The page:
L A 373: Gardens and Landscapes from Antiquity to 1750
(3-0) Cr. 3. F.
Investigation of international landscape design concepts and trends as observed over time, from pre-history to the mid 18th century. Examination of significant figures and outstanding works (sites, gardens, landscapes, monuments, subdivisions, city plans, etc.) of varied geographic regions. Analysis of the social, economic, political, and technical forces contributing to the development of landscape design styles, vocabulary, and literature. Lectures, readings, projects, research papers.
Meets International Perspectives Requirement.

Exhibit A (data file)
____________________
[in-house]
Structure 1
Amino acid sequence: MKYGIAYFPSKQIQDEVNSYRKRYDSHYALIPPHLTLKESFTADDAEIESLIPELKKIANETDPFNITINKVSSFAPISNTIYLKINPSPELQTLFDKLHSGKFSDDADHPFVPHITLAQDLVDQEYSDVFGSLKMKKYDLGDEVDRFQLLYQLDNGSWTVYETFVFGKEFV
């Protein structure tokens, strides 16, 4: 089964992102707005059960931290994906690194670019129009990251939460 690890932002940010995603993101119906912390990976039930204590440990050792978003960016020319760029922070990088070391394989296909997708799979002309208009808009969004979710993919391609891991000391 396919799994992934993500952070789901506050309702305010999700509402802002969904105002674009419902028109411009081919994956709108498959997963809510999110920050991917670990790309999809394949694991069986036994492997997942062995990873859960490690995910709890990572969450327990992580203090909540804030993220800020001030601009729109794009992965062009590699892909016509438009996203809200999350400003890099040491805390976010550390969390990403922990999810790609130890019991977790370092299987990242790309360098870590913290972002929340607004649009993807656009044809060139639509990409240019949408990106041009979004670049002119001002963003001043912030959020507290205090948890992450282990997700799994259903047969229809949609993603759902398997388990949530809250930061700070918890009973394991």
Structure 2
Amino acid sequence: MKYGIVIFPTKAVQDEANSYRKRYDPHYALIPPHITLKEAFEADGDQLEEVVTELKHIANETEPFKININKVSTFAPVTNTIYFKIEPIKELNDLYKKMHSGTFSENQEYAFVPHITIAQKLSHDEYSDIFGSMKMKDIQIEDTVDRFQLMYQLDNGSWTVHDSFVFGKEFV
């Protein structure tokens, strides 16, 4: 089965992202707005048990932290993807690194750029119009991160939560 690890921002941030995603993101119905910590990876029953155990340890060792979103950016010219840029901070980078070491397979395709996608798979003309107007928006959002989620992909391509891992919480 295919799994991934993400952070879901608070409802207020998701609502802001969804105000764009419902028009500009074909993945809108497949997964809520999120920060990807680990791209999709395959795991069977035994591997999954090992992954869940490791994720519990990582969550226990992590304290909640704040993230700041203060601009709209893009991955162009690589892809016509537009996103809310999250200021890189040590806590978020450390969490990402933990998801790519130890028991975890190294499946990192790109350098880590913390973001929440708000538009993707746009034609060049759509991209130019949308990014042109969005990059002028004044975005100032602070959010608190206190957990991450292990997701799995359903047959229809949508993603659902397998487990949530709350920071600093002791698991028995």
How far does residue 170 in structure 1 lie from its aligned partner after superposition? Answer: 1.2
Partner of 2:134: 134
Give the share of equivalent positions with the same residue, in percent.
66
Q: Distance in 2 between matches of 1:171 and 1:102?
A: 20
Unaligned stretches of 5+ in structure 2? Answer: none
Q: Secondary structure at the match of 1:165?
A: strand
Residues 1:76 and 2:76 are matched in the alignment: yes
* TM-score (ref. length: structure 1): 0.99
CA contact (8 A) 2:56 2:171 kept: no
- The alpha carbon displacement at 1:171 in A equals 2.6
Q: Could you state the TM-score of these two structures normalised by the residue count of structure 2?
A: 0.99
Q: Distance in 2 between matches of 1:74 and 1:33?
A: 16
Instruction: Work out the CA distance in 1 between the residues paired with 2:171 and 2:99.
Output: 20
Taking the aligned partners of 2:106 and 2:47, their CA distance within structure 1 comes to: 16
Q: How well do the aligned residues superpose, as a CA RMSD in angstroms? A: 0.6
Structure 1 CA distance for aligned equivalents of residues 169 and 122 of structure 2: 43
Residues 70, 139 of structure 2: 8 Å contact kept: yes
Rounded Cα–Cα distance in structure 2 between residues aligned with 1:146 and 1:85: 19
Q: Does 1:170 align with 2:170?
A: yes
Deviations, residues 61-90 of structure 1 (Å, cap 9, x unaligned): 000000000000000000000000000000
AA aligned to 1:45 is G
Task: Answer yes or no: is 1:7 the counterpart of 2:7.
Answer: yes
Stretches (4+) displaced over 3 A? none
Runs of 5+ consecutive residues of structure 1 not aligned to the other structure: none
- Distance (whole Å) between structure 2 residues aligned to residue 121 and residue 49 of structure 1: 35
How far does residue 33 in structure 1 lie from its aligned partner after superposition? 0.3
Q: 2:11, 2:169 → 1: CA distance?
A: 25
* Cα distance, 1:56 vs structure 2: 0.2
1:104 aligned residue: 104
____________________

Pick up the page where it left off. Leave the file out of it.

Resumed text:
Landscape architecture is an environmental design discipline. Landscape architects actively shape the human environment: they map, interpret, imagine, draw, build, conceptualize, synthesize, and project ideas that transform landscapes. The design process involves creative expression that derives from an understanding of the context of site (or landscape) ecosystems, cultural frameworks, functional systems, and social dynamics. Students in our program learn to change the world around them by re-imagining and re-shaping the landscape to enhance its aesthetic and functional dimensions, ecological health, cultural significance, and social relevance. The profession addresses a broad range of landscapes in urban, suburban, rural, and wilderness settings. The scale of landscape architecture projects varies from broad, regional landscape analysis and planning to detailed, individual site-scale designs. The curriculum at Iowa State prepares students for this challenge as they develop their abilities to design and communicate ideas through a sequence of foundational courses and studios. The program seeks to produce graduates who understand the ethical, social, and environmental/ecological dimensions of issues involving changes in the landscape.